We definitely took off at 2230 hours that night and we crashed at 0055 hours. This date was recorded in the back of the Bible I always carried with me in my top pocket on all Ops. I did not have a pen or pencil with me and this time is scratched in the Bible with a nail, as were all events that took place until I was in a POW camp. We were certainly not attacked at 0230 hours; we had not reached the target before we were shot down. Whilst I was seriously burnt about the hands and not so seriously about the face and legs, I was not taken to the hospital by the local doctor but was taken to the nearest town where a German soldier on a motor bicycle with gun in hand was waiting for me. I was being driven into town by a Frenchman and he pulled over to the Soldier who was obviously expecting me. He did permit me to go to the Hospital where my hands were attended to.

Bill Deas or I had not flown in [ND-688] before we did the Air Test on the afternoon of the 7th July 1944. [none of the crew had flown in ND688 prior to 7 July 1944]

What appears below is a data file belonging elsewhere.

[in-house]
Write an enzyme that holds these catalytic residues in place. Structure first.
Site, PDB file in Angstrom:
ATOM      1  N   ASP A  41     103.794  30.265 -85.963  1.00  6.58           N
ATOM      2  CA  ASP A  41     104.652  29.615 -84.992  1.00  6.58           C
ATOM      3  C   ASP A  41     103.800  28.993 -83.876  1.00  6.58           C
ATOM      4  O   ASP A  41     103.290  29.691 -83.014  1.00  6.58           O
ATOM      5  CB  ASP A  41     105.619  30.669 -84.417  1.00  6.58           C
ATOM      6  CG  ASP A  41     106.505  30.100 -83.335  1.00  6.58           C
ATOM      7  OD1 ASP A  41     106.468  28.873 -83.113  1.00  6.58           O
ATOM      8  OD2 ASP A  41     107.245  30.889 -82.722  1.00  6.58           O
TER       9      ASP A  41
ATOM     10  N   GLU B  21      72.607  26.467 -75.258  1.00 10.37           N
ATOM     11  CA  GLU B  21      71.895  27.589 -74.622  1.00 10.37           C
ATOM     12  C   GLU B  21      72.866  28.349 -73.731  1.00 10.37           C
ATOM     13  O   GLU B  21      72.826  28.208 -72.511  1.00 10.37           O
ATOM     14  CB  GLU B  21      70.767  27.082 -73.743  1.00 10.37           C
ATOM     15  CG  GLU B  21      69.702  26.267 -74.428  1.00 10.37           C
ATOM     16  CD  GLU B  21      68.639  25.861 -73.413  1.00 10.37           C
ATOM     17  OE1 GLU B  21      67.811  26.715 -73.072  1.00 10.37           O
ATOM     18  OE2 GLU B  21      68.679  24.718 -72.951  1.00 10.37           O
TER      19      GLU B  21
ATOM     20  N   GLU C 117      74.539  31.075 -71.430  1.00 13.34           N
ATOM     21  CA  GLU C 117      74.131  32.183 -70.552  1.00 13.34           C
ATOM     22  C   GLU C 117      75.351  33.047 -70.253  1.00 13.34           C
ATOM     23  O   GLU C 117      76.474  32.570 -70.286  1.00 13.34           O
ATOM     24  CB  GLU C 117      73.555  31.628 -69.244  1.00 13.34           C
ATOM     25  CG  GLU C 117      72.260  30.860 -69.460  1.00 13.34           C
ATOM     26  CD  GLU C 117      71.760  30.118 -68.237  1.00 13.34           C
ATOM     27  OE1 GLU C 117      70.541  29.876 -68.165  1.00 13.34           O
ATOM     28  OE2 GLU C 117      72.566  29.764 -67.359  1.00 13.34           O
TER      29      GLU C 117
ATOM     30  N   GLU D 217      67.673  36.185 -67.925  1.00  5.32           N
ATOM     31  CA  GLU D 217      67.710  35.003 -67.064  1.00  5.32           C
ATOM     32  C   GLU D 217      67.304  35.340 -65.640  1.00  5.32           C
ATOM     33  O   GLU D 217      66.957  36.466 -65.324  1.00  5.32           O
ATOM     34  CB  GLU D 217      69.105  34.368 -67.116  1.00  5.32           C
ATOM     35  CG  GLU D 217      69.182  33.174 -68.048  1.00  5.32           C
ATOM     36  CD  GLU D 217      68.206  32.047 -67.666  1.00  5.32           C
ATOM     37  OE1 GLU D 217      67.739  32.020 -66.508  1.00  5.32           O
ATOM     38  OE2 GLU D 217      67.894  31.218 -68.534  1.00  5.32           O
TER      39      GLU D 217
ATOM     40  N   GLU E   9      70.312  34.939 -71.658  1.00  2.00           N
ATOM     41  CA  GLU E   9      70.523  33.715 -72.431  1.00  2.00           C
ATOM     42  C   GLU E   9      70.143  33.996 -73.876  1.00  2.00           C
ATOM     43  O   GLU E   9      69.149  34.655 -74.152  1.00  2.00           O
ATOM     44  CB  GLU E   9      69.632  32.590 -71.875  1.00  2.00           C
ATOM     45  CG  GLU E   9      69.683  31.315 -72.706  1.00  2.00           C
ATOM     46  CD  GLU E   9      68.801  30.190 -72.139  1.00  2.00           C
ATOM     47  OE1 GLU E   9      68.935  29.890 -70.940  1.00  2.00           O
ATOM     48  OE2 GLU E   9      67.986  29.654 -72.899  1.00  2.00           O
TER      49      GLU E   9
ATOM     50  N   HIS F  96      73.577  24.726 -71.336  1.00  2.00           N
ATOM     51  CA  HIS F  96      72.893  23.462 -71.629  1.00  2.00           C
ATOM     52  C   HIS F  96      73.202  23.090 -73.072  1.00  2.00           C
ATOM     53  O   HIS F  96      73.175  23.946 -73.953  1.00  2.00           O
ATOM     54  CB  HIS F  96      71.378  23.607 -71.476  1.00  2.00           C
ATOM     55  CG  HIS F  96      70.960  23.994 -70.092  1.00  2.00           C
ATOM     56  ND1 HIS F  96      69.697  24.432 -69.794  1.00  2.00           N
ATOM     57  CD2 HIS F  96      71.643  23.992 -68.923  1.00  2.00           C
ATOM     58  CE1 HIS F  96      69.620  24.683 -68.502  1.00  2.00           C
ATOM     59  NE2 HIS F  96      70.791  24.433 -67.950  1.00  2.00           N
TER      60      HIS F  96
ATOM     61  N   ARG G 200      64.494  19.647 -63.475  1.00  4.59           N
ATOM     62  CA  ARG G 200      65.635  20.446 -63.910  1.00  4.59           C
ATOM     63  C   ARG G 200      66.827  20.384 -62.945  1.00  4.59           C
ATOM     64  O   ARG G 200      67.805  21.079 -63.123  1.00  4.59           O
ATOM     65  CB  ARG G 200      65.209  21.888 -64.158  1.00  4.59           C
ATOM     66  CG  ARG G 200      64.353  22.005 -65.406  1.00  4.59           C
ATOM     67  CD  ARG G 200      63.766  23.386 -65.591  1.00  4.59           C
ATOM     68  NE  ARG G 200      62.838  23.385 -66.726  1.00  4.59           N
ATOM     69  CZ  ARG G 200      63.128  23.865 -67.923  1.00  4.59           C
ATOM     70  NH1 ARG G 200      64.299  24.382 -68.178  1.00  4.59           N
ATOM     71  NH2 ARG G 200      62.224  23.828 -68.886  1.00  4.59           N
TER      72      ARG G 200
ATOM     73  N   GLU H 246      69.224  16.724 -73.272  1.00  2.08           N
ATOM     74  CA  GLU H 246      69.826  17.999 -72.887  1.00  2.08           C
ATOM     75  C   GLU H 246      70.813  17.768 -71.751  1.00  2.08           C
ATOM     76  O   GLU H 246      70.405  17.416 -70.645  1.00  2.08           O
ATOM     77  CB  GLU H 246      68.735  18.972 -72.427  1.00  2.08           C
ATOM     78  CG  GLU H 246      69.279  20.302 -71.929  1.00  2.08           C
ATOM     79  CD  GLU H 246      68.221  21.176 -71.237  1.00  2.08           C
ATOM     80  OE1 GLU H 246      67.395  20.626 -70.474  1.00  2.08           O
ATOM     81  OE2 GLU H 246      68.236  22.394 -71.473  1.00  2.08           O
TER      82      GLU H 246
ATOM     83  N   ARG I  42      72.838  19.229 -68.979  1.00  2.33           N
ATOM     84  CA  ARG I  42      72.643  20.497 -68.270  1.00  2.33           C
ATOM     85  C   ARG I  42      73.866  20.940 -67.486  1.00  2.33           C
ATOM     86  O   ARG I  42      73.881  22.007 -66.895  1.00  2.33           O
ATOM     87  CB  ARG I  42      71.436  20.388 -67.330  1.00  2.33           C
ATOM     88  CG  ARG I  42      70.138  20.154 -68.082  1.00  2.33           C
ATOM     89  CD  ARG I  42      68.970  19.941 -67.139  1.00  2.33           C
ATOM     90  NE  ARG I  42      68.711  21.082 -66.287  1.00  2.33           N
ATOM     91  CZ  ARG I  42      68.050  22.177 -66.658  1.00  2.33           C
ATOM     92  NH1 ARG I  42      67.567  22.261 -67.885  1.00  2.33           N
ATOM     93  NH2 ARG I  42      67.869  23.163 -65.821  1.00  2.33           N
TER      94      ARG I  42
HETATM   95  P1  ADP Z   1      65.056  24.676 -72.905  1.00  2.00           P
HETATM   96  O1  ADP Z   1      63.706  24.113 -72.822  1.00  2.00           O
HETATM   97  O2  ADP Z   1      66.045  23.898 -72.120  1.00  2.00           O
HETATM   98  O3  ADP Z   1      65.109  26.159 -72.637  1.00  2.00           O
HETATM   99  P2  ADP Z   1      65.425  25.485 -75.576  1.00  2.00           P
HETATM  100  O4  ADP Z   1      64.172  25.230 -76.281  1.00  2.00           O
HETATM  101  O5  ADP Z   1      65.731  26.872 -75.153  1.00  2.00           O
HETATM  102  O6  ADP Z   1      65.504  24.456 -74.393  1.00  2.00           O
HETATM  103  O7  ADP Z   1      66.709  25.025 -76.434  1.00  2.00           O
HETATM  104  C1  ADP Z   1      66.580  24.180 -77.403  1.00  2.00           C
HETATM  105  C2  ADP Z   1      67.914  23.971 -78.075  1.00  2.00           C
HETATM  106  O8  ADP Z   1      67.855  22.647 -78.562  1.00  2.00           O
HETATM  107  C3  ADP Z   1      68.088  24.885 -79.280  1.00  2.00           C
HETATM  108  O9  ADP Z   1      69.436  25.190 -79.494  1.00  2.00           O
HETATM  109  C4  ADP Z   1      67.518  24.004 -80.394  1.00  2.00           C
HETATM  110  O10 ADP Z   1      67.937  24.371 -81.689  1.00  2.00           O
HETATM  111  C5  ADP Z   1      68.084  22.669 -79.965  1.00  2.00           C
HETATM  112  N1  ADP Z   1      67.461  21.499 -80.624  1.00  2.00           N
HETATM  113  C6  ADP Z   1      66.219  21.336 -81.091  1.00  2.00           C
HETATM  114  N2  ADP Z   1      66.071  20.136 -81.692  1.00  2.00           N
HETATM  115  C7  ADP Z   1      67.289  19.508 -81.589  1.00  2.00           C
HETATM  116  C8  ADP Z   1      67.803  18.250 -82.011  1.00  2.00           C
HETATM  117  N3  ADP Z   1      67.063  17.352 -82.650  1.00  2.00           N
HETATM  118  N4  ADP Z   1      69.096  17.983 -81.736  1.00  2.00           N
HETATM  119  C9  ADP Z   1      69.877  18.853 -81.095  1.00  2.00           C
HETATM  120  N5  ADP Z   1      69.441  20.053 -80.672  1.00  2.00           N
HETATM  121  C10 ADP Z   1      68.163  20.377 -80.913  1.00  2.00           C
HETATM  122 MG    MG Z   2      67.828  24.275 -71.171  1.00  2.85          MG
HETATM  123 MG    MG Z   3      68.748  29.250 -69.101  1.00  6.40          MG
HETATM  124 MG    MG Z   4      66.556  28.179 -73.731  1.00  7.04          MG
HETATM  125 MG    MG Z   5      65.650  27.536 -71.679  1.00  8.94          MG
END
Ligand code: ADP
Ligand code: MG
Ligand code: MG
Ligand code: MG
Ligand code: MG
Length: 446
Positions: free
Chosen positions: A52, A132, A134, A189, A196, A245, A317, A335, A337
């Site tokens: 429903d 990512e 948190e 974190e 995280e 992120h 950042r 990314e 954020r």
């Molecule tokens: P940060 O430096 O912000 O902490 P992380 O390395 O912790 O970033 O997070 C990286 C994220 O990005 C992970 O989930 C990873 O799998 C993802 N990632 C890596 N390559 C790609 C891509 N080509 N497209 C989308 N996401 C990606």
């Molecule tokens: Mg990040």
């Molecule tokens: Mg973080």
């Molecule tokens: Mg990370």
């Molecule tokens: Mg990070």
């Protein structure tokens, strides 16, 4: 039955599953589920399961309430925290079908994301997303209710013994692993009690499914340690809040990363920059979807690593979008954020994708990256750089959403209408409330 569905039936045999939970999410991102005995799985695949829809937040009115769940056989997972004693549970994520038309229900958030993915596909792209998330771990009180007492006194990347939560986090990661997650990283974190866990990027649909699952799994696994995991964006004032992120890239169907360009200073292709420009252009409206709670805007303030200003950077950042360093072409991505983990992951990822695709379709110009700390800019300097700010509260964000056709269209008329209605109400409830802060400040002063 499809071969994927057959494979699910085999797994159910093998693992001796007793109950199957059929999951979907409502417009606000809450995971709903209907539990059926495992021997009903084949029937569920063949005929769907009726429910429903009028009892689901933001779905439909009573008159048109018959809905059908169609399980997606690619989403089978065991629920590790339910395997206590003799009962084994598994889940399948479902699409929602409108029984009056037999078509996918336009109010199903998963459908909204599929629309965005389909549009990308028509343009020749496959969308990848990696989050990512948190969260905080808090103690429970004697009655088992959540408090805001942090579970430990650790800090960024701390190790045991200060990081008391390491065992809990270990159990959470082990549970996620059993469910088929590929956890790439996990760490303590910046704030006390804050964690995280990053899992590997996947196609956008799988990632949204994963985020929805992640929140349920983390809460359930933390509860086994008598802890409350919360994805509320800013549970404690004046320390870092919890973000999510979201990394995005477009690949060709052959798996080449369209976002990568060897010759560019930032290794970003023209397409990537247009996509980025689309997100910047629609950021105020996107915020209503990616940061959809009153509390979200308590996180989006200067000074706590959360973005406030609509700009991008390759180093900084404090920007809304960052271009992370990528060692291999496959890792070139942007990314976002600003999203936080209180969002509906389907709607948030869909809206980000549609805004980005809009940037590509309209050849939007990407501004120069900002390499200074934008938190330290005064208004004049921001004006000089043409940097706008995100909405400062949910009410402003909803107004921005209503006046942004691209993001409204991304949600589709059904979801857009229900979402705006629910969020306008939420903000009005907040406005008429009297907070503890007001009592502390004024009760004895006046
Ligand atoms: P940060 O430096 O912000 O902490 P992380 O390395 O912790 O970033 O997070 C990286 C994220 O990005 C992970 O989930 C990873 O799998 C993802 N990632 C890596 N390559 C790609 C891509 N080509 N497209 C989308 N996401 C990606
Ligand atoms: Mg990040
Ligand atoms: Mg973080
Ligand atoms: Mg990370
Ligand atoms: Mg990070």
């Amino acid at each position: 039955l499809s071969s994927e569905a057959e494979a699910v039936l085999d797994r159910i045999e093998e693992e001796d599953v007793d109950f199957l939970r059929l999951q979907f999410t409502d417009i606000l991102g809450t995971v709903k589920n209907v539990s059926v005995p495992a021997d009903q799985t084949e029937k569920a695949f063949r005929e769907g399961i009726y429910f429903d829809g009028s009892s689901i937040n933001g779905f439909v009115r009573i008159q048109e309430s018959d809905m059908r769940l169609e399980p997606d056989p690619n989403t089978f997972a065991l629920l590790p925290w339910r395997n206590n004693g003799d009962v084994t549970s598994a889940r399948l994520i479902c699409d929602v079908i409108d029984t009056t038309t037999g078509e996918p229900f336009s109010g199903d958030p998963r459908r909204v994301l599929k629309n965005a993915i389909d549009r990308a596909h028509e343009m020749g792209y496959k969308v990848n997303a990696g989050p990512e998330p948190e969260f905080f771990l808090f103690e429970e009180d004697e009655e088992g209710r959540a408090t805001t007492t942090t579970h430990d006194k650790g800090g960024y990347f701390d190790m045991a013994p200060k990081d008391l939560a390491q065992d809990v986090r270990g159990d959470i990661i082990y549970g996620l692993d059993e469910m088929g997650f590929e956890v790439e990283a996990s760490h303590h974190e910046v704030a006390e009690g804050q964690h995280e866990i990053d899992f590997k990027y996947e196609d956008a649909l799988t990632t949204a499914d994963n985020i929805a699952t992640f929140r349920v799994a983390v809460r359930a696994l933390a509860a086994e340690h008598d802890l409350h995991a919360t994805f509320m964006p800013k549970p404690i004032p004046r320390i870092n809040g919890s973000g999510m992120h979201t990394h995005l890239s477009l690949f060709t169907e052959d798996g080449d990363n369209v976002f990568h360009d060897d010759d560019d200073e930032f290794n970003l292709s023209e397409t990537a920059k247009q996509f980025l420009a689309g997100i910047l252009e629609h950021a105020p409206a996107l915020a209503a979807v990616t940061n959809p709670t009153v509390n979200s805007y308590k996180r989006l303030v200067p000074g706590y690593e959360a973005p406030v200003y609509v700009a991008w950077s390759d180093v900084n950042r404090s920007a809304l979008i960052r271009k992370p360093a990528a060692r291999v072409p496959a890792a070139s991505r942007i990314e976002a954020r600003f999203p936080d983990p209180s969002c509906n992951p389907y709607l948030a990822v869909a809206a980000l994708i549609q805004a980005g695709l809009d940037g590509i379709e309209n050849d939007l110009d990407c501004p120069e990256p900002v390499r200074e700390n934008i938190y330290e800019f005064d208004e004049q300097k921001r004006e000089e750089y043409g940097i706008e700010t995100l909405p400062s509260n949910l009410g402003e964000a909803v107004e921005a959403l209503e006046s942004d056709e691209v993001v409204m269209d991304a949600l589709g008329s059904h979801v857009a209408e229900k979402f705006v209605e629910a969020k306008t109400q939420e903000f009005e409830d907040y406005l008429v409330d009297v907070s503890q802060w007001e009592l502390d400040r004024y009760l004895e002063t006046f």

We were on the way to the target when we were hit, and my time of crashing is definitely 0055 hours on the morning of 8th July. I do not know whether French time was ½ hour ahead of us, but this would answer that timing problem.

On the afternoon of the 7th July 1944, we were briefed to go on an Op to St-Leu d’Esserent to destroy a flying bomb storage dump. There was nothing unusual about it as it was a reasonably short trip. After the briefing there was the usual hurry to get things together for the trip, make sure all the equipment was in good condition, etc. Then after a good flying supper we made our way to the aircraft, the time being about 10 o’clock; it was a fine night, clear with just a few light clouds in the sky. We took off from East Kirby at 2230 hours, nothing unusual happened on the flight, everyone was quite normal, and all went well until we were nearing the target area and we were hit and burst into flames.